When Berrymans Lace Mawer merged with Scotland’s HBM Sayers in May 2014, the combined entity rebranded as BLM and promptly broke through the £100 million revenue mark. But it has been a turbulent journey since then. Government reforms affecting insurance work — a central practice area for BLM — and the collapse of long-standing client Thomas Cook have caused it to review its business model.
This has meant several rounds of redundancies as the firm pivots towards higher end work as part of its ambition to be one of the leading global insurance and risk law specialists. The transition has seen revenue dip slightly from £107.7 million to £106.7 million in the firm’s most recently disclosed financials.
But there are some encouraging signs amid the upheaval. Profit per equity partner rose sharply — from £192,000 to £232,000 — while a two-year ‘tech and analytics’ partnership with the London School of Economics promises to help BLM develop new case prediction and risk assessment models.
The firm has also put in a solid performance in the Legal Cheek Trainee and Junior Lawyer Survey 2020-21, suggesting that the junior end of the firm continues to tick along quite nicely amid the repositioning taking place at a strategic level. Trainees paint a pleasant picture with plenty of comments praising the informal environment (office dress is casual, unlike many law firms), where “we are all very good friends” with “not much politics”.
The training is rated highly, with reports of “excellent supervision focusing on gradual development over the course of the two years, as well as the right amount of chucking in the deep end (with lifeguards on active duty) to get vital learning experience”.
The work is what you’d expect from an insurance law firm with an impressive client roster. “Plenty of opportunities to work with your own clients which is excellent,” responds one trainee. Close ties to the major insurers see a hefty chunk of trainees complete a client secondment each year, with placements at the likes of Hiscox Insurance, risk brokers Griffiths & Armour and the Association of British Insurers. We’re told secondments are also available post-qualification.
There are opportunities too to get involved in the firm’s expanding private wealth team and commercial advisory group, which it established in late 2017 with the hire of 33 lawyers from Slater and Gordon. BLM has also dipped its toe into international waters, launching Global Insurance Law Connect, an international network with other insurance law specialists. There aren’t opportunities to be seconded abroad, however, which doesn’t faze one rookie: “What you don’t have in international secondments you can convert into eco-friendly tokens. Swings and roundabouts.”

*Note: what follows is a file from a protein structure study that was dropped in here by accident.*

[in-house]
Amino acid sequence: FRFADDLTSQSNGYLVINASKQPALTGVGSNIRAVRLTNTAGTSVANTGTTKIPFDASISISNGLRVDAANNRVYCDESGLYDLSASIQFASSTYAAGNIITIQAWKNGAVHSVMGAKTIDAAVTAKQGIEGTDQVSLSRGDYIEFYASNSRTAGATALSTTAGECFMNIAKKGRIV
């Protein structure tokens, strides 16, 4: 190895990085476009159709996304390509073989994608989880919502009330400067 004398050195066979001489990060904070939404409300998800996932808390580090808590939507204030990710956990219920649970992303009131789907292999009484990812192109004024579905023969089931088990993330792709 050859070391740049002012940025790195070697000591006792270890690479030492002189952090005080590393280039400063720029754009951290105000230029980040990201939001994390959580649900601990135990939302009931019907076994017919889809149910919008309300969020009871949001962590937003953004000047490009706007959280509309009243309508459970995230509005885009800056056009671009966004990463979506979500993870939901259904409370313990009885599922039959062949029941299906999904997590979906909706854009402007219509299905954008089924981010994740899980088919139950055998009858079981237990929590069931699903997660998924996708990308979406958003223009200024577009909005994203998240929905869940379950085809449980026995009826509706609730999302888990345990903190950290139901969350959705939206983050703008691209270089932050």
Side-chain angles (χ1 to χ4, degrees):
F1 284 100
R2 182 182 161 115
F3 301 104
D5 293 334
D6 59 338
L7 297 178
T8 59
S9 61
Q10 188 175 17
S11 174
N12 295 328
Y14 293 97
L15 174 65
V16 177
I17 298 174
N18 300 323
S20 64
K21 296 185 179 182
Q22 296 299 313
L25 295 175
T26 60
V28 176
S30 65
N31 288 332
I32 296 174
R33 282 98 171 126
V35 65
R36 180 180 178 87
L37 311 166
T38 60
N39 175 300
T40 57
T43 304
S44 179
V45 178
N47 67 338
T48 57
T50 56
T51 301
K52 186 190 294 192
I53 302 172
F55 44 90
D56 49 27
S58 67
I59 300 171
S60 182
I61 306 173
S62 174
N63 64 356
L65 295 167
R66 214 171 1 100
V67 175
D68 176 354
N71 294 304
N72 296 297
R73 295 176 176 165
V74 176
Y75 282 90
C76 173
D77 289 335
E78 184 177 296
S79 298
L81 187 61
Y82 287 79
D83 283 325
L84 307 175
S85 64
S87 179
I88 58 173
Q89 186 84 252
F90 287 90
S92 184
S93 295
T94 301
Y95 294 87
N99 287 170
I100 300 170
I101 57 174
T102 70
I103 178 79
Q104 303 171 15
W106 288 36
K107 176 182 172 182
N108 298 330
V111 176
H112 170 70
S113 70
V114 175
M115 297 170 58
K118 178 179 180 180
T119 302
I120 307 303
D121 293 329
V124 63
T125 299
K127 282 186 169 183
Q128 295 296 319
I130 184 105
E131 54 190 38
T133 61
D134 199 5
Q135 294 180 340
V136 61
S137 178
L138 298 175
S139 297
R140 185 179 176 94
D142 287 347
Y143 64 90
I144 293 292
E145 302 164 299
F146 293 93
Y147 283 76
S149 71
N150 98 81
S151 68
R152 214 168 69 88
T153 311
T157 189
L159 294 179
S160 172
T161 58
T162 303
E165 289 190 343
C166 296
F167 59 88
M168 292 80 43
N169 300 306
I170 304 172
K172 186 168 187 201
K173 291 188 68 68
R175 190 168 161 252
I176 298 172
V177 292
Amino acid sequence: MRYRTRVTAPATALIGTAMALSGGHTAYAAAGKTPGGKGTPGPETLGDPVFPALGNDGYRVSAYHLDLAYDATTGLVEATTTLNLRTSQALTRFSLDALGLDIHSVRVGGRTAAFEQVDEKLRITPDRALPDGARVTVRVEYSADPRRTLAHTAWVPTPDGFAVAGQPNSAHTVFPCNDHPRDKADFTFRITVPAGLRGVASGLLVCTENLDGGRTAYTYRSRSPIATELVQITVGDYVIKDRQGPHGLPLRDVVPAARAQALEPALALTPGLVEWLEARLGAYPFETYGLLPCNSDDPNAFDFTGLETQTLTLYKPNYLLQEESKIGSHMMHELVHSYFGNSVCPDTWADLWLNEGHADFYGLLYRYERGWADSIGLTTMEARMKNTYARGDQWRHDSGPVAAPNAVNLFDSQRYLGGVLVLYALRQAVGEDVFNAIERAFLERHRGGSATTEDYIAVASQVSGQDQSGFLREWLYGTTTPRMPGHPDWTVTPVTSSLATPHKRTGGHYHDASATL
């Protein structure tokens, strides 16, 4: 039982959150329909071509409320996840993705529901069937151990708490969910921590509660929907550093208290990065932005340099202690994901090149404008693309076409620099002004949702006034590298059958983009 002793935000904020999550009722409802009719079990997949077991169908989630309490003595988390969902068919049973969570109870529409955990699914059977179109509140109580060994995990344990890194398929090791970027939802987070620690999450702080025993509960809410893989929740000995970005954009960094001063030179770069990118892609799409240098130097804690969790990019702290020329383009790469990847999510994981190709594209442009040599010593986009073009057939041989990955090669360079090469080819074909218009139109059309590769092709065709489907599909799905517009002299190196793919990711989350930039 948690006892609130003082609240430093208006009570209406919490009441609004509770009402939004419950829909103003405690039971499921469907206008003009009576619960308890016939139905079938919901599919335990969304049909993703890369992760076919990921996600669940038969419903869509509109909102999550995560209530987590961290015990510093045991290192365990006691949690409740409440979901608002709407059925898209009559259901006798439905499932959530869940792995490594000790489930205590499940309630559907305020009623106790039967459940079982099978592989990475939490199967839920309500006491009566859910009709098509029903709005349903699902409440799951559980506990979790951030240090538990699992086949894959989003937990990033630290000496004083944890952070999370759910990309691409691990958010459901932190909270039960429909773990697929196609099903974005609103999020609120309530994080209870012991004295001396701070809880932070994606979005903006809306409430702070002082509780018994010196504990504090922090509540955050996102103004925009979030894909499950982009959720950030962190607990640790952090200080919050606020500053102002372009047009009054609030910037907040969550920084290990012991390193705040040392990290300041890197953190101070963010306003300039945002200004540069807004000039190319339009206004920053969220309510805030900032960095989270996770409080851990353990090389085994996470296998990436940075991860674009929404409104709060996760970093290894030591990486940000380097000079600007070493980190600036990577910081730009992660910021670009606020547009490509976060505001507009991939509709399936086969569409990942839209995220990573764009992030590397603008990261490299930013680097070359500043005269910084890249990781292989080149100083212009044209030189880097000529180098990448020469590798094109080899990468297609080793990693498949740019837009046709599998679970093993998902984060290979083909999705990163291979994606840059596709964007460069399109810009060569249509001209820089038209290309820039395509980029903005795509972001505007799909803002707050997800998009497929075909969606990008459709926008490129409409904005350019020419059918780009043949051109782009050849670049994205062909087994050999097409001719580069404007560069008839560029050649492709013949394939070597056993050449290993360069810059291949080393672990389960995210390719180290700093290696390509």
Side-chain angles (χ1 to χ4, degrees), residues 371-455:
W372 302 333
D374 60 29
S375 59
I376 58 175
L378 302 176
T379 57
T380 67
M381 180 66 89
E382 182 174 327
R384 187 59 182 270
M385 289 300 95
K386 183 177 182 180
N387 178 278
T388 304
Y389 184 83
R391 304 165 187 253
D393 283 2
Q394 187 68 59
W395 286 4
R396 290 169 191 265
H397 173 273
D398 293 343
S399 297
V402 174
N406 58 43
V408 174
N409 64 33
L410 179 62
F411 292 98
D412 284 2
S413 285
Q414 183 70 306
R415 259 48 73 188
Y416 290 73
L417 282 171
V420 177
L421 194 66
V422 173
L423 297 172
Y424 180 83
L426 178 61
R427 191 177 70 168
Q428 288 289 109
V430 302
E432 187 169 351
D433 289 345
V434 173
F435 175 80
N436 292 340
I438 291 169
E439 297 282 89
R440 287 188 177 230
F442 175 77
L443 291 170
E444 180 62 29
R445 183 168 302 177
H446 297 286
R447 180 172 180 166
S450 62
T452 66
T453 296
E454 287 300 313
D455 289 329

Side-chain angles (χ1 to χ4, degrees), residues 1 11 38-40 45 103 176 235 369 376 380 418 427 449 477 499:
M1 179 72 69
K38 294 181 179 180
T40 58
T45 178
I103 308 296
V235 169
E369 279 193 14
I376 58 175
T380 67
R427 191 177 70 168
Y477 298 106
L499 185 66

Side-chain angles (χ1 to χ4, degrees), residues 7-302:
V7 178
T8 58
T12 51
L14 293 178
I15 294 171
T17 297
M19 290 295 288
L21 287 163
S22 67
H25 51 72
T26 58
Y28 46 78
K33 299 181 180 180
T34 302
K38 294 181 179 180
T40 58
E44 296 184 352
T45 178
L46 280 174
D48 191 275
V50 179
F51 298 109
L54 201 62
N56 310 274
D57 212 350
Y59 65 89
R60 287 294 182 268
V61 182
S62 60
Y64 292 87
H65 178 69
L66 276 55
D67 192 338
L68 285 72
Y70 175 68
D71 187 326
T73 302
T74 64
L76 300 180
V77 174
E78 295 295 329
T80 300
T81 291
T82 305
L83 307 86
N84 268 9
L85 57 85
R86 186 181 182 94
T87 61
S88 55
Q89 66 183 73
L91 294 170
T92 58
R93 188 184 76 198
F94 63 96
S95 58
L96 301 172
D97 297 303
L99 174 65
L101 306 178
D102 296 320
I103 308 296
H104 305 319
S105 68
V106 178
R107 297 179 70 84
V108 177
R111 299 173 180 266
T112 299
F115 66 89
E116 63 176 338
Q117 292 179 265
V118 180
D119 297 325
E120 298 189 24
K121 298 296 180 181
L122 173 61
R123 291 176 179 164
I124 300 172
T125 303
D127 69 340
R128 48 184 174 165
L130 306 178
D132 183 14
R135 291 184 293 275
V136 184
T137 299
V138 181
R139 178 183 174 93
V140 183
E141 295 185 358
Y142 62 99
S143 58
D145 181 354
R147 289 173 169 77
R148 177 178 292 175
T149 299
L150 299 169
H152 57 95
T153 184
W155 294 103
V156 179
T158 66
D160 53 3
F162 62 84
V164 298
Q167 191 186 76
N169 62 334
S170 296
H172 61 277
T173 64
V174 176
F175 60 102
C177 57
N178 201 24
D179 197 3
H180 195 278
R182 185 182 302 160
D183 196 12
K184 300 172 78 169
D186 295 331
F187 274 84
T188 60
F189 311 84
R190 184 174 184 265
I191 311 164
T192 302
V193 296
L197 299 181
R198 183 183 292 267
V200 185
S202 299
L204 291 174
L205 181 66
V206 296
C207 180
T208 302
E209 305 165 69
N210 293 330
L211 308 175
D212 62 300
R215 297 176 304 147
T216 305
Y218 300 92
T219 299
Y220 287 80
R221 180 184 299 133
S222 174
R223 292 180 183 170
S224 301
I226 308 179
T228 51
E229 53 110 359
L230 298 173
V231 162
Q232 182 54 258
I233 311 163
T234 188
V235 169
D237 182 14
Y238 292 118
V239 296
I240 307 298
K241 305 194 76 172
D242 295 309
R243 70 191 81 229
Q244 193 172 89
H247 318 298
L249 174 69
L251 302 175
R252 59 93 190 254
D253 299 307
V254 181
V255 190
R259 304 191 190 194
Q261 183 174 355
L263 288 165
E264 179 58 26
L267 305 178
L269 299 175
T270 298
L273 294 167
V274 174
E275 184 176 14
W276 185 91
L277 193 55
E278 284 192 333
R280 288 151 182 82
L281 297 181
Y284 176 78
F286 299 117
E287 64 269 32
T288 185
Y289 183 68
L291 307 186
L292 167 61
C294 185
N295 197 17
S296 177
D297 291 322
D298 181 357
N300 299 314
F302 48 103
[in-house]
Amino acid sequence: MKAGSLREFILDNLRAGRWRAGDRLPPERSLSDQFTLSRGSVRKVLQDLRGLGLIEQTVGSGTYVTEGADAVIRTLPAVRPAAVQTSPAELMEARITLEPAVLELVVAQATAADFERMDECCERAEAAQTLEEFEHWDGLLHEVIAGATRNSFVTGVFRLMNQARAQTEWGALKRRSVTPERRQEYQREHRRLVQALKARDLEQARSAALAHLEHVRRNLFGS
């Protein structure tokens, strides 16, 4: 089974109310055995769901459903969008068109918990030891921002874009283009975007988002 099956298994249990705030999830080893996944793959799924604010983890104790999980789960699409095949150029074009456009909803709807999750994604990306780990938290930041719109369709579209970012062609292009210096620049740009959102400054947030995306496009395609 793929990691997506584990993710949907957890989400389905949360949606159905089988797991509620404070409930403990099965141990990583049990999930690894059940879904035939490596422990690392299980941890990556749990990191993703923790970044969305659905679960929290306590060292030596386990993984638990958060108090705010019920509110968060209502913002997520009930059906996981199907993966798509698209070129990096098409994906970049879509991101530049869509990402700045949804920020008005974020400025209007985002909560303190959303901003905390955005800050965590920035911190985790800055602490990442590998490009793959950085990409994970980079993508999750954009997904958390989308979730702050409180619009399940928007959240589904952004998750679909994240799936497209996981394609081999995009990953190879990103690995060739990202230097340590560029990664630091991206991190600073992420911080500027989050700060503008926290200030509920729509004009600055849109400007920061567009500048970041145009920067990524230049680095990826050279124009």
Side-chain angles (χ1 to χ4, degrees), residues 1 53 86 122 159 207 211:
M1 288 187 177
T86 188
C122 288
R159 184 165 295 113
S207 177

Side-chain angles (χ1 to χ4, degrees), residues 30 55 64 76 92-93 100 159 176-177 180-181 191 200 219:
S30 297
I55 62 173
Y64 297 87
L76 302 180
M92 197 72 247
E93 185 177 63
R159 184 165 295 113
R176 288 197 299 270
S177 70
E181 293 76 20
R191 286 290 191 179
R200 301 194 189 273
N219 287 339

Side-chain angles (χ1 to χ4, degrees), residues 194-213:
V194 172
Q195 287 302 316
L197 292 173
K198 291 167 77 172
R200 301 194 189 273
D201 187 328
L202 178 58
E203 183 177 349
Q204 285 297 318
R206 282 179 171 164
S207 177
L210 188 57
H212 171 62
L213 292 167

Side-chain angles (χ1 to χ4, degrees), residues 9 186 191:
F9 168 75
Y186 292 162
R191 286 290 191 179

Other common trainee seats include insurance-related personal injury departments such as motor and casualty, occupational disease, local authority and professional indemnity.
One trainee offers a withering review of the firm’s tech: “The IT is a bit ‘hit or miss’ — when it works it’s great, when it doesn’t it can really impact upon your day.” Yet, the situation has improved. “I think lockdown has pushed the firm to make tech decisions quicker and that has really benefitted us,” reports one rookie. Others mention “some teething issues” when getting set-up remotely “but now we’re up and running”.
Perk-wise, our insiders report getting their birthday off, and, erm, free hot chocolate in the kitchen. Those chasing the sweltering heights of MoneyLaw should probably steer clear of BLM. “BLM = tights”, reports one rookie, while another remarks: “BLM is renowned for its low wages.” Trainees start on a salary of £31,000 in London which rises to just £45,000 upon qualification.
The trade-off is a healthy work/life balance in which BLM scores highly. “In my commercial litigation seat I would generally be out by 5:45/6pm,” shares one insider. Relatively short working hours facilitate a social life that trainees describe as “very good”. Though there aren’t many firm organised socials “which is a shame” (bar the annual summer blowout), but the trainees “take it upon themselves” to organise after-work socials and are even allocated “a trainee budget to do our own thing”.
The national outfit has 13 offices spread across the UK and Ireland but its Manchester and London offices are by far the largest. BLM’s Manchester headquarters is, as one trainee puts it, pretty much all “beige and 90s” but it is reportedly moving into new premises next year. BLM’s London gaff, off Fenchurch Street, is in the heart of the capital’s insurance district and overlooks the Institute of Risk Management. Lloyds of London, Willis Towers Watson and Zurich Insurance — all of which are within walking distance. The firm announced the closure of its Bristol and Leeds offices in the wake of the coronavirus pandemic, with teams in the cities moving to permanent remote-working.
The 25 or so annual trainees that BLM takes on are most likely to be working in either Manchester or London, with a handful based in Birmingham, Glasgow, Liverpool and Southampton.